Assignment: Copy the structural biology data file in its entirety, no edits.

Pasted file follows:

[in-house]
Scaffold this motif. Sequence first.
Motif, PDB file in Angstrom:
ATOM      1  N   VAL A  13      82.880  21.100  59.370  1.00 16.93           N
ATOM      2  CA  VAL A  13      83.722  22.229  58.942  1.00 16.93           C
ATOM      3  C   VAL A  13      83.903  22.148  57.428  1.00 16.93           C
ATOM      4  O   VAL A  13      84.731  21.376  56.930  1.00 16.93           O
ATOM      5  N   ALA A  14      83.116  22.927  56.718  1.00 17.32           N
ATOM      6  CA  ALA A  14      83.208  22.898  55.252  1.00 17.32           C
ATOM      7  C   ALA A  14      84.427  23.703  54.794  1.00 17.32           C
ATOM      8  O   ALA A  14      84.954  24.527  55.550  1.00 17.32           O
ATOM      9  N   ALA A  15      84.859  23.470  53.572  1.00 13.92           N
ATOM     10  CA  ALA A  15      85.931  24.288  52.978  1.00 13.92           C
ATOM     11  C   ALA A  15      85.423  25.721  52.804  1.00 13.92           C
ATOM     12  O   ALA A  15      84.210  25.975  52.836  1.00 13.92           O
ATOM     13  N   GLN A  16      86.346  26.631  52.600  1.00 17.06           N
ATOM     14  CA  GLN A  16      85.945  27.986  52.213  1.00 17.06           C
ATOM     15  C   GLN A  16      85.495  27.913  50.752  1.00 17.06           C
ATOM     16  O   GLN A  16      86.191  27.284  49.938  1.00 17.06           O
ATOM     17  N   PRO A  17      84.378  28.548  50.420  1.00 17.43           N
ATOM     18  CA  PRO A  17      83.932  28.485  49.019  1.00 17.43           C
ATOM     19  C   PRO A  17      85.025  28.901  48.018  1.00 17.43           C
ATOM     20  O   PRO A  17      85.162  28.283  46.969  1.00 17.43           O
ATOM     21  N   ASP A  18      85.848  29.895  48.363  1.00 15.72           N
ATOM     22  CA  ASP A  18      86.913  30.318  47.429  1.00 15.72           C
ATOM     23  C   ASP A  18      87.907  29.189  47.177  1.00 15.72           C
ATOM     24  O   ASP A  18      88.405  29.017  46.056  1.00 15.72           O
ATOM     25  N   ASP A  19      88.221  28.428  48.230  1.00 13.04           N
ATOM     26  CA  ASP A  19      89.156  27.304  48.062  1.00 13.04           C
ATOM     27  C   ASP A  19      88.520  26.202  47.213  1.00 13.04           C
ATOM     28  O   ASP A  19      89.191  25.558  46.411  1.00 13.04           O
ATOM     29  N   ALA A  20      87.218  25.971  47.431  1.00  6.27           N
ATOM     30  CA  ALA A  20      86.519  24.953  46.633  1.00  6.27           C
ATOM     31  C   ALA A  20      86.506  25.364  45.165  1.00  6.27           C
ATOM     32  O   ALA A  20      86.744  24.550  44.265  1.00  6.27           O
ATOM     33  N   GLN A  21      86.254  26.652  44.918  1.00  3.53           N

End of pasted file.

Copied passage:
[in-house]
Scaffold this motif. Sequence first.
Motif, PDB file in Angstrom:
ATOM      1  N   VAL A  13      82.880  21.100  59.370  1.00 16.93           N
ATOM      2  CA  VAL A  13      83.722  22.229  58.942  1.00 16.93           C
ATOM      3  C   VAL A  13      83.903  22.148  57.428  1.00 16.93           C
ATOM      4  O   VAL A  13      84.731  21.376  56.930  1.00 16.93           O
ATOM      5  N   ALA A  14      83.116  22.927  56.718  1.00 17.32           N
ATOM      6  CA  ALA A  14      83.208  22.898  55.252  1.00 17.32           C
ATOM      7  C   ALA A  14      84.427  23.703  54.794  1.00 17.32           C
ATOM      8  O   ALA A  14      84.954  24.527  55.550  1.00 17.32           O
ATOM      9  N   ALA A  15      84.859  23.470  53.572  1.00 13.92           N
ATOM     10  CA  ALA A  15      85.931  24.288  52.978  1.00 13.92           C
ATOM     11  C   ALA A  15      85.423  25.721  52.804  1.00 13.92           C
ATOM     12  O   ALA A  15      84.210  25.975  52.836  1.00 13.92           O
ATOM     13  N   GLN A  16      86.346  26.631  52.600  1.00 17.06           N
ATOM     14  CA  GLN A  16      85.945  27.986  52.213  1.00 17.06           C
ATOM     15  C   GLN A  16      85.495  27.913  50.752  1.00 17.06           C
ATOM     16  O   GLN A  16      86.191  27.284  49.938  1.00 17.06           O
ATOM     17  N   PRO A  17      84.378  28.548  50.420  1.00 17.43           N
ATOM     18  CA  PRO A  17      83.932  28.485  49.019  1.00 17.43           C
ATOM     19  C   PRO A  17      85.025  28.901  48.018  1.00 17.43           C
ATOM     20  O   PRO A  17      85.162  28.283  46.969  1.00 17.43           O
ATOM     21  N   ASP A  18      85.848  29.895  48.363  1.00 15.72           N
ATOM     22  CA  ASP A  18      86.913  30.318  47.429  1.00 15.72           C
ATOM     23  C   ASP A  18      87.907  29.189  47.177  1.00 15.72           C
ATOM     24  O   ASP A  18      88.405  29.017  46.056  1.00 15.72           O
ATOM     25  N   ASP A  19      88.221  28.428  48.230  1.00 13.04           N
ATOM     26  CA  ASP A  19      89.156  27.304  48.062  1.00 13.04           C
ATOM     27  C   ASP A  19      88.520  26.202  47.213  1.00 13.04           C
ATOM     28  O   ASP A  19      89.191  25.558  46.411  1.00 13.04           O
ATOM     29  N   ALA A  20      87.218  25.971  47.431  1.00  6.27           N
ATOM     30  CA  ALA A  20      86.519  24.953  46.633  1.00  6.27           C
ATOM     31  C   ALA A  20      86.506  25.364  45.165  1.00  6.27           C
ATOM     32  O   ALA A  20      86.744  24.550  44.265  1.00  6.27           O
ATOM     33  N   GLN A  21      86.254  26.652  44.918  1.00  3.53           N